Learners can also leverage the classroom training as an opportunity to clarify questions they might have on the software. This is possible through a blended learning solution.

5 Guidelines to Blend Two Learning Approaches [Infographic]

Challenge 3: Delivering Role-based Training

Not every learner needs to know all aspects of a software. Why expect learners to be familiar with tasks on the software they are not expected to perform? Forcing learners to learn something irrelevant to their job can have a disastrous effect on the training program.

Solution: Different user roles can be defined in a software according to the tasks the users of the software are expected to perform. It is essential that the training delivered is segregated according to different user roles.

 Consider the example of online software training on a database management system (DBMS). The DBMS might have different user roles such as:

  • Data Entry Operator
  • Data Processor
  • Backup Operator
  • Security Admin

The organization would have learners using the DBMS in different user roles, according to their responsibilities on the job. For instance, the role of a backup operator (backs up the database) is very different from that of a security admin. Customized e-learning courses for software training can be developed for each user role, so that learners take the training that’s relevant to them.

Challenge 4: Training Learners in Diverse Geographical Locations

This is one of the most common challenges faced by organizations that have a global presence. How is it possible to deliver software training to learners from diverse geographical areas? What if learners prefer learning in their native languages?

Solution: Online software training takes care of delivering uniform training to learners across various geographical locations. The learning process in software training is simplified as learners only have to choose the role-based training that’s relevant to them and get started. Also, it is possible to translate your online software training programs to meet the language preferences of learners.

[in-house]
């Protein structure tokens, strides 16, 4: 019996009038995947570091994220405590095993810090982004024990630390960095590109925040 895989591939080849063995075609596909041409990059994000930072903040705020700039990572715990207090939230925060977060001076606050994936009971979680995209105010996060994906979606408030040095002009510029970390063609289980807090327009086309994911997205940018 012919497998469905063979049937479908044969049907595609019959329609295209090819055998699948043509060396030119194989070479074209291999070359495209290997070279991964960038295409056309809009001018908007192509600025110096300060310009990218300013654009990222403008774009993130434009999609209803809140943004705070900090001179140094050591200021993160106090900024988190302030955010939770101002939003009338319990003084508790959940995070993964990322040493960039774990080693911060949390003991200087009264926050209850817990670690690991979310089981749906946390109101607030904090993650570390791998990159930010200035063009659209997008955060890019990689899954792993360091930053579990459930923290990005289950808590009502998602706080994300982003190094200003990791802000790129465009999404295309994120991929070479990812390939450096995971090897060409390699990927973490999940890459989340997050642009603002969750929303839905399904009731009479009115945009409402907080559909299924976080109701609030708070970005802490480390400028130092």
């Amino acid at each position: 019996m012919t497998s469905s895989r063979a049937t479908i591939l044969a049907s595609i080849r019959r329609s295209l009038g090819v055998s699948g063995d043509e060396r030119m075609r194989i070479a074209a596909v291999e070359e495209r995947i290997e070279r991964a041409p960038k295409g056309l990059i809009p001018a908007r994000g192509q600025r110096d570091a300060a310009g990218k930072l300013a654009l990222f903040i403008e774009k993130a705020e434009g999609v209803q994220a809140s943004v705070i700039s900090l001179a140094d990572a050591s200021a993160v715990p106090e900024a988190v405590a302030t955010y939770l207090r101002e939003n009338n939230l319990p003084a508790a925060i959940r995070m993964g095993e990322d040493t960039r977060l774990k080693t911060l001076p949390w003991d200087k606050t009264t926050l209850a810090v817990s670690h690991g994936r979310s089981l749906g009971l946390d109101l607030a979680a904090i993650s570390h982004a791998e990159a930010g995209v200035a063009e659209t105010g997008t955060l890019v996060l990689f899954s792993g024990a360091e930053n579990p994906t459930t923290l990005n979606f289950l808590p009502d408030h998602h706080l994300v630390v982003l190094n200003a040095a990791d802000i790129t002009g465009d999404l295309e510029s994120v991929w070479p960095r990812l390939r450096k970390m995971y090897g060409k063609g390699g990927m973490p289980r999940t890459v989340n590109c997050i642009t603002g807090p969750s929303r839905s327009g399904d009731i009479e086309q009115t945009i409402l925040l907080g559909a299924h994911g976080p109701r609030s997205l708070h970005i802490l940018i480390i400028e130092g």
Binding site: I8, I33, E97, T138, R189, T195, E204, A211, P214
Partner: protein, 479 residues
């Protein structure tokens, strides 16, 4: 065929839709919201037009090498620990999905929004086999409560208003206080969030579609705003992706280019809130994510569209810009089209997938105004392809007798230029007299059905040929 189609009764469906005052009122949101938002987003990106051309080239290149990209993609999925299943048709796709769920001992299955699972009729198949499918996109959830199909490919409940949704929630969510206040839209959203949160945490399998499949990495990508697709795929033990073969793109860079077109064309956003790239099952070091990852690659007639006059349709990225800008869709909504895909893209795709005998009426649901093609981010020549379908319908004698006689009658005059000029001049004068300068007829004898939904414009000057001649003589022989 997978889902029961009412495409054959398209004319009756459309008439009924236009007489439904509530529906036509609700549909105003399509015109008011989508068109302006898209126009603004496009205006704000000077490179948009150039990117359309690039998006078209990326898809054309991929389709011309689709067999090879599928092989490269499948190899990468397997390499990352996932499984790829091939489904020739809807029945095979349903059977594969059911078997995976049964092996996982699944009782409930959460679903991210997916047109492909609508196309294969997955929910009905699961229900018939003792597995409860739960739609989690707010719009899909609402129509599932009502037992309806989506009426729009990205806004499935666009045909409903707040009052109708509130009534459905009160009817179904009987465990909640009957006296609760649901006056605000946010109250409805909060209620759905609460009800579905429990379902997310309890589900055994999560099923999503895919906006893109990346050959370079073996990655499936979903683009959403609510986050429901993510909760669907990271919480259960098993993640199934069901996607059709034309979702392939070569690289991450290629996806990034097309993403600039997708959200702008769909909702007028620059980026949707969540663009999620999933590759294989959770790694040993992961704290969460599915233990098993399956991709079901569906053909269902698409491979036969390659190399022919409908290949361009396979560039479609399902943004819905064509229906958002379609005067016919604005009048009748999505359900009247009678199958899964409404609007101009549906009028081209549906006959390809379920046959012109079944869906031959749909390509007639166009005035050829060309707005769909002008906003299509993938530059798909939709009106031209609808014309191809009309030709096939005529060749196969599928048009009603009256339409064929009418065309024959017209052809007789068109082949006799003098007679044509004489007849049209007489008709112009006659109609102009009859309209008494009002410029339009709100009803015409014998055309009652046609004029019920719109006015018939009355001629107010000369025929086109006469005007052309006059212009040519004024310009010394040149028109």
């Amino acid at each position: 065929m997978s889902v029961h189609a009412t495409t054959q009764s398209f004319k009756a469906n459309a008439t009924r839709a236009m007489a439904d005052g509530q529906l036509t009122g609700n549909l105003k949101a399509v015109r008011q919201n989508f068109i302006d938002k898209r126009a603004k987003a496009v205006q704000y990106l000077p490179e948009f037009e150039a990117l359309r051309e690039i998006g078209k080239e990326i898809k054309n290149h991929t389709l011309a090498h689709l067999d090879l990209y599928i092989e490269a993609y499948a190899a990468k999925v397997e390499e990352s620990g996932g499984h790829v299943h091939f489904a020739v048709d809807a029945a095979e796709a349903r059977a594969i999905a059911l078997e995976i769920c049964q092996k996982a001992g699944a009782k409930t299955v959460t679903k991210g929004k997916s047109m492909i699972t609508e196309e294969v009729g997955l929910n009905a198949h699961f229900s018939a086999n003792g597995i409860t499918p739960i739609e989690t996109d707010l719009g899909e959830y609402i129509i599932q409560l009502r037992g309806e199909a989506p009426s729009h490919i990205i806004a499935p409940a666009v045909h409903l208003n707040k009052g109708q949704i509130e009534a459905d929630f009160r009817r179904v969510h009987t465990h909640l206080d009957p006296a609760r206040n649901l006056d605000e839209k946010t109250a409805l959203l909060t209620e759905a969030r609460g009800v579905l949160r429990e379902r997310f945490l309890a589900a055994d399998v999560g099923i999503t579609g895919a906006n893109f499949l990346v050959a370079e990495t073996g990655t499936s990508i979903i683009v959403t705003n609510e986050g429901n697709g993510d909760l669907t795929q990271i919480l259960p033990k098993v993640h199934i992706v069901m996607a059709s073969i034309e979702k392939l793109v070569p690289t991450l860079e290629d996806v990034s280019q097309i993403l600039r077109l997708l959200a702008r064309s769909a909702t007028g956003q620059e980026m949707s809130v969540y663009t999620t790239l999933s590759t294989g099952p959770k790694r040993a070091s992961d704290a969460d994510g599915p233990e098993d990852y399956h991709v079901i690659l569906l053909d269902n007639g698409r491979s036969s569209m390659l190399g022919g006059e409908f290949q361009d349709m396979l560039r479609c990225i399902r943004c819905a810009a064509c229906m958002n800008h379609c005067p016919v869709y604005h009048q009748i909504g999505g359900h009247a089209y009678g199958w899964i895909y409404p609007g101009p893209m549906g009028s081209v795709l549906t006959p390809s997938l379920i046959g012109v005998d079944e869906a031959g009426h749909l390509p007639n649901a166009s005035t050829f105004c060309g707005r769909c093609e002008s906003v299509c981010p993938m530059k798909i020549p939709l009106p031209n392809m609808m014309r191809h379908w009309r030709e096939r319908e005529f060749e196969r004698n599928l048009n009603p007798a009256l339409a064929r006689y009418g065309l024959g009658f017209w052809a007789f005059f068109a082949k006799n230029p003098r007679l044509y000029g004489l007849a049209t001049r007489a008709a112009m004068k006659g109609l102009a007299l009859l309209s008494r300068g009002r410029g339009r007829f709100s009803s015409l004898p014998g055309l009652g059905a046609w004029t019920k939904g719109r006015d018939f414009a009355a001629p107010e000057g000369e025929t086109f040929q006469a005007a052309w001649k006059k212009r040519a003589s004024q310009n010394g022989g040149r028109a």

Challenge 5: Providing Reinforcement of Learning

Learners complete the e-learning course but are quick to forget what was taught. What do you do when learners find it difficult to remember the steps involved in completing a specific task using the software?

Training does not end by completing an e-learning course and getting certified. If learners have to retain the information and learn to apply the knowledge they have gained, reinforcement of learning needs to happen frequently till learners become adept at using the software. You can make use of the following options:

  • Let learners’ access simulations that follow a ‘watch-try-do’ method and let them practice what they have learned.
  • Provide quick reference guides (QRGs) that learners can quickly refer to, these can be hard copies or online PDFs.
  • Use infographics to help learners understand software workflows with the help of diagrams and icons.

Remember, practice makes one perfect. So, reinforcement of learning is a step you wouldn’t want to miss when delivering online software training.

Of what use is a software when learners do not know how to use it? Your best bet would be to invest in an effective online software training program that lets learners leverage the software to simplify their tasks at work. Would you like to share the challenges you have faced in developing online software training? Let us know through the Comments section.